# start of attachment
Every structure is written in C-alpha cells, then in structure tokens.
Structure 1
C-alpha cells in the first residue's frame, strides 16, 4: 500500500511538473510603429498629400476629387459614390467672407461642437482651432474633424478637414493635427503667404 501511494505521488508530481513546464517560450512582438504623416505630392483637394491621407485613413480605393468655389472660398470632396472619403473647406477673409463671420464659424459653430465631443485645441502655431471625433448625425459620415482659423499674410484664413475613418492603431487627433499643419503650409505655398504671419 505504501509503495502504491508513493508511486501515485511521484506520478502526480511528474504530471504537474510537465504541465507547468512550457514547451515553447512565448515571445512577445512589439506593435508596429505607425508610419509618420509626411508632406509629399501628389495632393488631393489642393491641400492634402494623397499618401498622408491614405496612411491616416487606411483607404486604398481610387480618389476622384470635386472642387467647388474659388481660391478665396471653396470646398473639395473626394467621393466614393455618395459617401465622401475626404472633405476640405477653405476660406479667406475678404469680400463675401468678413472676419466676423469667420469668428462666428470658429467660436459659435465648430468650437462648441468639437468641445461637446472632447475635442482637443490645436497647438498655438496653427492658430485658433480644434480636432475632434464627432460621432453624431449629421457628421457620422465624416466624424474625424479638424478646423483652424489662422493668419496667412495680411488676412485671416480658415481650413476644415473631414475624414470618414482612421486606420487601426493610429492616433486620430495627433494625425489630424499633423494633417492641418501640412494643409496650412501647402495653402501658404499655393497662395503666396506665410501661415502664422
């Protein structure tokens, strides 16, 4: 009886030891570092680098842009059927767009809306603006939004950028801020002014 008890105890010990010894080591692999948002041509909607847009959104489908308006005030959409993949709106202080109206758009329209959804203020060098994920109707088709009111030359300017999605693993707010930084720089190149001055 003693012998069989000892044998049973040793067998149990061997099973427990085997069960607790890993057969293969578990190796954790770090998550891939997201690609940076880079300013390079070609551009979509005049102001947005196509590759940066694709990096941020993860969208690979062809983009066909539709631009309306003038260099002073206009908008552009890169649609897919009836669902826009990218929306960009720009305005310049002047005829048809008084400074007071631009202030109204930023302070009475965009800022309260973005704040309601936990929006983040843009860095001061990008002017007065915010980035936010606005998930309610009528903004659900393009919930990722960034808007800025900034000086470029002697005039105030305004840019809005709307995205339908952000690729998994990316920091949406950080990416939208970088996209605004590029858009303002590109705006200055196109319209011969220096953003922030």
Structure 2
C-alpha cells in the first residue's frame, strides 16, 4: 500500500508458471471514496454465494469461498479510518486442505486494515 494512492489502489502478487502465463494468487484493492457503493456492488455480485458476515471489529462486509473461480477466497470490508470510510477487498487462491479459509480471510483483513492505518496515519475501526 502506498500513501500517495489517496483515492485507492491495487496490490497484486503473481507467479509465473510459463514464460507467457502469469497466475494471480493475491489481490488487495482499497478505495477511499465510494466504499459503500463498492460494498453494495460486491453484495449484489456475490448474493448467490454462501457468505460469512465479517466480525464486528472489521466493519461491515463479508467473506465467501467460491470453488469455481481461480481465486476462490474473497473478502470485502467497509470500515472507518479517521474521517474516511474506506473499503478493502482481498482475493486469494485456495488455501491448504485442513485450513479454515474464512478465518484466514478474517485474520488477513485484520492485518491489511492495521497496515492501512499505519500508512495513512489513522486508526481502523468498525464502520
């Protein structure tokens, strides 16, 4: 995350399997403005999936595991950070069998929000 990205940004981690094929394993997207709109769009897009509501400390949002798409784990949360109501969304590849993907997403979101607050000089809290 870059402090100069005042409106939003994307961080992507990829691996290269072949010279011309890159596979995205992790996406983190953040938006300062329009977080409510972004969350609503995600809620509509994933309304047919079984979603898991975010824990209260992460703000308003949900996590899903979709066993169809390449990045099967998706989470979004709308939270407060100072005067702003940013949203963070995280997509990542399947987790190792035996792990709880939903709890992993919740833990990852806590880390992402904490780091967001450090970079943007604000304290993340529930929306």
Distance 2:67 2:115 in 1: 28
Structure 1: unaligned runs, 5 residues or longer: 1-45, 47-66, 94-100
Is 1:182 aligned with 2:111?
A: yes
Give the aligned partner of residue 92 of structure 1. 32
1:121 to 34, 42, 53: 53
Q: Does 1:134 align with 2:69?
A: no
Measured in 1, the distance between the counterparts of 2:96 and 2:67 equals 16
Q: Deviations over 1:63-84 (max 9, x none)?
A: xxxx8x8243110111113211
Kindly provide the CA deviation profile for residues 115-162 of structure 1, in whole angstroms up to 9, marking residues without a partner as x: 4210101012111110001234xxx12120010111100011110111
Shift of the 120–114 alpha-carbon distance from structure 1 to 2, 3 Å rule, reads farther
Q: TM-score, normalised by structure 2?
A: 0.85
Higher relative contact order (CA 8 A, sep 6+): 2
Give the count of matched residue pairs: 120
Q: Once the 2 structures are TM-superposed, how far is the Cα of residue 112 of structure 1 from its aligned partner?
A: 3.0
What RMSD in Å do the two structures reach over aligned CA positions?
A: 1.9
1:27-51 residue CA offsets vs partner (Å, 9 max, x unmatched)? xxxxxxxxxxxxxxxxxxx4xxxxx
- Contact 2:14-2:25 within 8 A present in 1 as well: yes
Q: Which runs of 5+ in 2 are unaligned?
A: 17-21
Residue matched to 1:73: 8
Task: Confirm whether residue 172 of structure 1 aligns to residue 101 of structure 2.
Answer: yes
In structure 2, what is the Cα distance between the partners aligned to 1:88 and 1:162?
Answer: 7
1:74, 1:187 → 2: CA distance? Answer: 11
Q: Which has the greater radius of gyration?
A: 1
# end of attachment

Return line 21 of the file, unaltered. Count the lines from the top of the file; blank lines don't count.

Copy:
Q: TM-score, normalised by structure 2?